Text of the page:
Friday, August 20, 2010

so, is 74% good?

First read this

It's an article about Metacritic and Rottentomatoes and how their "every review mixed together" score, while a good idea in theory, is really fudged up by them. It shows how if youre planning on seeing a movie or buying a game, you should try individual reviews instead. It's a related topic to what's below, but not directly. OK now the real article.
I don't read game reviews as often as I used to, or maybe as often as I should given the amount of credit I give myself as a gamer. Games are my "thing" and have been for a long time. Video game reviews have gone through varying degrees of influence on my purchases. There were times when I didn't know that things like that were available to me, and I would buy a game based on license or experience from someone else's copy. Then there were times when I wouldn't buy any game without a good review. As the internet started to mature, more and more videogame webpages came around, each with their own method of scoring games.
Gamespot and IGN uses a 10-point scale, Gamespy and XPLAY use 5 stars, and Rottentomatoes uses 100%.

For the most part, it's pretty easy to get a fairly good idea of what a critic thinks of a game based on these systems. After all, these usually come with a lengthy text review which outlines what quantified that score. If a game got 80%, I can usually guess that it's a good game, and if I've had my eye on it it's probably a safe purchase. But what about when a game scores something like 6/10, and I actually liked it? How am I supposed to know that if I read reviews and am steered away from it? Remember Lifeline? That usually got 6/10 and I liked it just fine. For the most part, I ignored reviews and went ahead with a game I was interested in. Something I've learned after reading a lot of reviews is that it's really hard to actually quantify a game's quality in numbers. Heck, this goes for just about anything in terms of consumer entertainment (think movies, music). If you actually can break down something like music into a number, then it's a science that we probably are largely incapable of. If I really had to guess, I'd actually say that the experiences are just waaaaay too subjective, and that something's level of "goodness" is really just dependent on who is watching/playing/listening to it. You have to find what works for you, I think. Art appreciation changes a lot over time (think of the stereotypical artist not appreciated in his time), and my guess is that nobody's right.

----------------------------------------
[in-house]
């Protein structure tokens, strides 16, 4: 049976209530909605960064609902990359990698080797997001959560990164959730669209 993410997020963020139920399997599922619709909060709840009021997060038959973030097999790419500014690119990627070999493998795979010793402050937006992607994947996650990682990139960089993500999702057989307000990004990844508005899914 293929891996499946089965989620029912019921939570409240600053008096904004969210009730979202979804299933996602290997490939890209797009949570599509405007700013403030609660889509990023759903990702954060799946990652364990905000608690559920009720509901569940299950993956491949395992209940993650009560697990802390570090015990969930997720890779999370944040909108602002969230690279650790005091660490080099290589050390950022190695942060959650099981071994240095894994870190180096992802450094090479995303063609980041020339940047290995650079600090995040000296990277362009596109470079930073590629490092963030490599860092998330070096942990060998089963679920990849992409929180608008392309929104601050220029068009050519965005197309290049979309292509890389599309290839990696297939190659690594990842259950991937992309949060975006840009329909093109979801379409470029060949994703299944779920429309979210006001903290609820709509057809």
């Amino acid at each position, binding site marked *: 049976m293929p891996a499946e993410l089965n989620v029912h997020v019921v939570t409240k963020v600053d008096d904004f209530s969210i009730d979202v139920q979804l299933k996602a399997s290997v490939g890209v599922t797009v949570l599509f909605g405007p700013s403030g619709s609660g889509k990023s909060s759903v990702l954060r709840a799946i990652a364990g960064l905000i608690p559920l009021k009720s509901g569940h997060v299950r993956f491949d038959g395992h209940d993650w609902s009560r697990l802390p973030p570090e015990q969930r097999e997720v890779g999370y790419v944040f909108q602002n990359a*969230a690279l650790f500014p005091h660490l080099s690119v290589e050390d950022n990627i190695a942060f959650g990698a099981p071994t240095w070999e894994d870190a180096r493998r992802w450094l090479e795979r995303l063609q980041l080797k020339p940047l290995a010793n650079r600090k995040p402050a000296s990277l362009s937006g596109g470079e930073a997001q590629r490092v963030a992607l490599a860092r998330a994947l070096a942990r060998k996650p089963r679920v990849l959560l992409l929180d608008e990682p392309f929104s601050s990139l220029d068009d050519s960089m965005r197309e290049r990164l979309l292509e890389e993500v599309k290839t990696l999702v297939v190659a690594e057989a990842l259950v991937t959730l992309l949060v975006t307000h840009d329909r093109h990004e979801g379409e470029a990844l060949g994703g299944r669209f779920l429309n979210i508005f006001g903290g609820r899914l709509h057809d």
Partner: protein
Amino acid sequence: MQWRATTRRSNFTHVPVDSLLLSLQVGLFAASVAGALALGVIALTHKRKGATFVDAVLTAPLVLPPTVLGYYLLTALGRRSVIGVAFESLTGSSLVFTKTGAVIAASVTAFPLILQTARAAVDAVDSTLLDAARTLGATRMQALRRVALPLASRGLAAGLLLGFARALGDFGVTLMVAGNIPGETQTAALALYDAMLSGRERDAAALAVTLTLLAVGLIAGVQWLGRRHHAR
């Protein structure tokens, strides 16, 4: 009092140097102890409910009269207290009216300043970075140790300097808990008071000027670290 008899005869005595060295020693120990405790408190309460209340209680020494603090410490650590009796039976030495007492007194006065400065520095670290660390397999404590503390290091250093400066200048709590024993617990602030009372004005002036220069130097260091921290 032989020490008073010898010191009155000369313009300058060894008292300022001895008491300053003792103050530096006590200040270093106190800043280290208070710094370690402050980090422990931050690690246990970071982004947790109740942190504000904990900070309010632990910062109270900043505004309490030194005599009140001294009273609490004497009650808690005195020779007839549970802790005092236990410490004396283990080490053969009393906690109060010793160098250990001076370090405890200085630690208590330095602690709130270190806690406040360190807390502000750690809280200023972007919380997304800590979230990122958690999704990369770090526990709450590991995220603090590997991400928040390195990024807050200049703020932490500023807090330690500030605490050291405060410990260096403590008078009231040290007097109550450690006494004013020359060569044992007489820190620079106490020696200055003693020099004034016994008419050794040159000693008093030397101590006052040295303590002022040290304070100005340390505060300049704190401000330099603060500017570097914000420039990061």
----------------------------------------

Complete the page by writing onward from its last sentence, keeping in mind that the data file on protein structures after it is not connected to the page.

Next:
Getting back on topic, look at the 10 point or 100 point scales. Most of their range is useless. Games are a kind of medium where measuring from 0-5 only indicates how bad something is. This end of the scale is useless because nobody's going to buy a game that scores 1, 2, 3, or 4. If something scores a 5, it's usually not enjoyable, period, and the scale means the same thing from then on. A score of 3 or 5 is equally useful is what I'm saying, so there's no reason to use a 10-point scale if half of it does nothing. And when it comes to 100%, what's the difference between a 78% game and a 79% game? This scale offers a little too much resolution, which probably causes a lot of reviewers to decide that a game is "definitely above 70 but below 80" and then they just kind of ballpark the rest.

The 5-star scale is something that works a little better, and is something that's gained a lot of popularity. My understanding is that the 5 "stars" are the numbers 5-10. So 0 stars is a 5/10, 3 is a 8/10, etc. This is an okay system, but the main problem I have with it is that it is often looked at as 10-point, meaning 2 stars means 40% and 4 stars means 80. Hell, for all I know that's right. See? It's probably a better system, but it only uses an abstract concept and is difficult to grasp at first glance. I couldn't tell you how much a star is. When they start a publication, reviewers probably decide how theyll use it, but readers have no way of knowing.

I have saved my personal favorite scale for last. This is the scale that I believe has the most fidelity in communicating in a single character how "good" a piece of consumer media is. It is the academic A-F scale. It only covers the useful part of the 1-100 scale. If you've ever seen the numerical breakdown of grades, you know that "pass" starts at 60, which is ideal for measuring something in a case where only "not sucky and up" is useful. It does not have the unnecessary resolution of 100 points, and is something people are introduced to at age 5. This is the scale used by GameRevolution (see link), a site that I think has some of the best critics.
If you read a review, it's probably best to take it with a grain of salt, especially if you're the kind of guy (I know I am sometimes) who only looks at the score. The best thing you can do is probably just try the game yourself if you can. If you can't, try to find an academic scale critic, and if you can't at least check different sites.. I give this article 7 bananas.

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